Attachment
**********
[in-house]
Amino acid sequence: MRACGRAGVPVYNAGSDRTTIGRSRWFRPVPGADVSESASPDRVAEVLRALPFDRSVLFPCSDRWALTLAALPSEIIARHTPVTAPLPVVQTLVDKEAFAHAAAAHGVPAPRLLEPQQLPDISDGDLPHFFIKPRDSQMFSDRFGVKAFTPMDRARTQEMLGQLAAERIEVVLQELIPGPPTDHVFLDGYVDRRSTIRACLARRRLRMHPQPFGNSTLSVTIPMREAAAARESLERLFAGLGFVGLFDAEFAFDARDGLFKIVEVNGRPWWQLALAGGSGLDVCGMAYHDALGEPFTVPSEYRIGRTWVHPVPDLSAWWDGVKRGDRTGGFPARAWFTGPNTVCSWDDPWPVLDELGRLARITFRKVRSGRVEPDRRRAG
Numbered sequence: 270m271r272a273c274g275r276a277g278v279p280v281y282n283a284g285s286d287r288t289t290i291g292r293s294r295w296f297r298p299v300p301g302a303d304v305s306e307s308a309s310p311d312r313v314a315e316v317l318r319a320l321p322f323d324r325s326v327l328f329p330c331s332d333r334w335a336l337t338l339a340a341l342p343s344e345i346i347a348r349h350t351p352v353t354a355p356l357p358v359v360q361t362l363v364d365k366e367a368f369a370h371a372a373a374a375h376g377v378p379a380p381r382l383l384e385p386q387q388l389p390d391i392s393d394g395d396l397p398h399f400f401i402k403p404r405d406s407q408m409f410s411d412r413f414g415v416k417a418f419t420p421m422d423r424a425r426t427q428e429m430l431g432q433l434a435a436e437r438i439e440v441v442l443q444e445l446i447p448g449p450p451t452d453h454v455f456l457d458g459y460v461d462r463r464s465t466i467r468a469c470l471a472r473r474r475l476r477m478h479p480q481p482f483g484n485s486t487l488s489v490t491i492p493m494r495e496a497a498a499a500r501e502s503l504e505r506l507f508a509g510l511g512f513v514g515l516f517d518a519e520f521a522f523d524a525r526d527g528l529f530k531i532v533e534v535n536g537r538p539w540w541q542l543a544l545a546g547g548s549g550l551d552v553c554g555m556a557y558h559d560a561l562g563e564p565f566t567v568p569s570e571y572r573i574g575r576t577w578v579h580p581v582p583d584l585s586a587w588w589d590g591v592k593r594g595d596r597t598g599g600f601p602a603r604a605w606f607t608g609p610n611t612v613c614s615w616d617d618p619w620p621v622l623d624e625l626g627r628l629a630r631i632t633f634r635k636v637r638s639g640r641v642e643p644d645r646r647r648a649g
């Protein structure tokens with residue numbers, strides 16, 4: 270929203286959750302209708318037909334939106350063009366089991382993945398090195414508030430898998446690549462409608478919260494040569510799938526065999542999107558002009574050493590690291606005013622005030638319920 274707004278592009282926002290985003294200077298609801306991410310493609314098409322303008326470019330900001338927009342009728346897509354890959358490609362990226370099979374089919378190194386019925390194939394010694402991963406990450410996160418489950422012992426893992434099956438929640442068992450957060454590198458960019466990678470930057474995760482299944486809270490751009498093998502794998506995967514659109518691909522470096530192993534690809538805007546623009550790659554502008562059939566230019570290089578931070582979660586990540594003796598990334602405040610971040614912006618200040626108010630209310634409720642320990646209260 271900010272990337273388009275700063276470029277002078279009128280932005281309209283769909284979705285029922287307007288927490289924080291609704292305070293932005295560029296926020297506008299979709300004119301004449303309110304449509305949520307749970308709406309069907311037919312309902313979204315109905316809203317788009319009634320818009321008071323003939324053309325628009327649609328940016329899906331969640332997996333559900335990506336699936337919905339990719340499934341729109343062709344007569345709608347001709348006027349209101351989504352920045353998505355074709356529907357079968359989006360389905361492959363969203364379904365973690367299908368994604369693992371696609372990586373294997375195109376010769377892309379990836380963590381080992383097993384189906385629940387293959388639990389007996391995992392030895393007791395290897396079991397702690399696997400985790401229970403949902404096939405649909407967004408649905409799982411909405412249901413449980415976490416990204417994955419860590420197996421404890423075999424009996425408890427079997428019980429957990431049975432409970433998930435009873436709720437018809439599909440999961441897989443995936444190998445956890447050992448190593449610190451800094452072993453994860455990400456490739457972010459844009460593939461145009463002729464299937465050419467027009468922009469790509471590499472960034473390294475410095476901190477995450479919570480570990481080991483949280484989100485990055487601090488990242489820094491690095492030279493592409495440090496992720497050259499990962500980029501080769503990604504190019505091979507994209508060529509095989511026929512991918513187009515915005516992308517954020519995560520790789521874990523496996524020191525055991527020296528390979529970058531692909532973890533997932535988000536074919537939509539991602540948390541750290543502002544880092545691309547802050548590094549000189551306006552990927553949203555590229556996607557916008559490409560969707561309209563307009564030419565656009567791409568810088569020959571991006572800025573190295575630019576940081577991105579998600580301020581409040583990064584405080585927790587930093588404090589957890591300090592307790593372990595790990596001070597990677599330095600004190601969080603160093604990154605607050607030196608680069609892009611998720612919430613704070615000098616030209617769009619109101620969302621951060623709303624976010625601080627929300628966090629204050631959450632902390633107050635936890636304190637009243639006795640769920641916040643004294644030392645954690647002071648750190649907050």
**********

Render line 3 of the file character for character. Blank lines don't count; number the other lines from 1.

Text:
Numbered sequence: 270m271r272a273c274g275r276a277g278v279p280v281y282n283a284g285s286d287r288t289t290i291g292r293s294r295w296f297r298p299v300p301g302a303d304v305s306e307s308a309s310p311d312r313v314a315e316v317l318r319a320l321p322f323d324r325s326v327l328f329p330c331s332d333r334w335a336l337t338l339a340a341l342p343s344e345i346i347a348r349h350t351p352v353t354a355p356l357p358v359v360q361t362l363v364d365k366e367a368f369a370h371a372a373a374a375h376g377v378p379a380p381r382l383l384e385p386q387q388l389p390d391i392s393d394g395d396l397p398h399f400f401i402k403p404r405d406s407q408m409f410s411d412r413f414g415v416k417a418f419t420p421m422d423r424a425r426t427q428e429m430l431g432q433l434a435a436e437r438i439e440v441v442l443q444e445l446i447p448g449p450p451t452d453h454v455f456l457d458g459y460v461d462r463r464s465t466i467r468a469c470l471a472r473r474r475l476r477m478h479p480q481p482f483g484n485s486t487l488s489v490t491i492p493m494r495e496a497a498a499a500r501e502s503l504e505r506l507f508a509g510l511g512f513v514g515l516f517d518a519e520f521a522f523d524a525r526d527g528l529f530k531i532v533e534v535n536g537r538p539w540w541q542l543a544l545a546g547g548s549g550l551d552v553c554g555m556a557y558h559d560a561l562g563e564p565f566t567v568p569s570e571y572r573i574g575r576t577w578v579h580p581v582p583d584l585s586a587w588w589d590g591v592k593r594g595d596r597t598g599g600f601p602a603r604a605w606f607t608g609p610n611t612v613c614s615w616d617d618p619w620p621v622l623d624e625l626g627r628l629a630r631i632t633f634r635k636v637r638s639g640r641v642e643p644d645r646r647r648a649g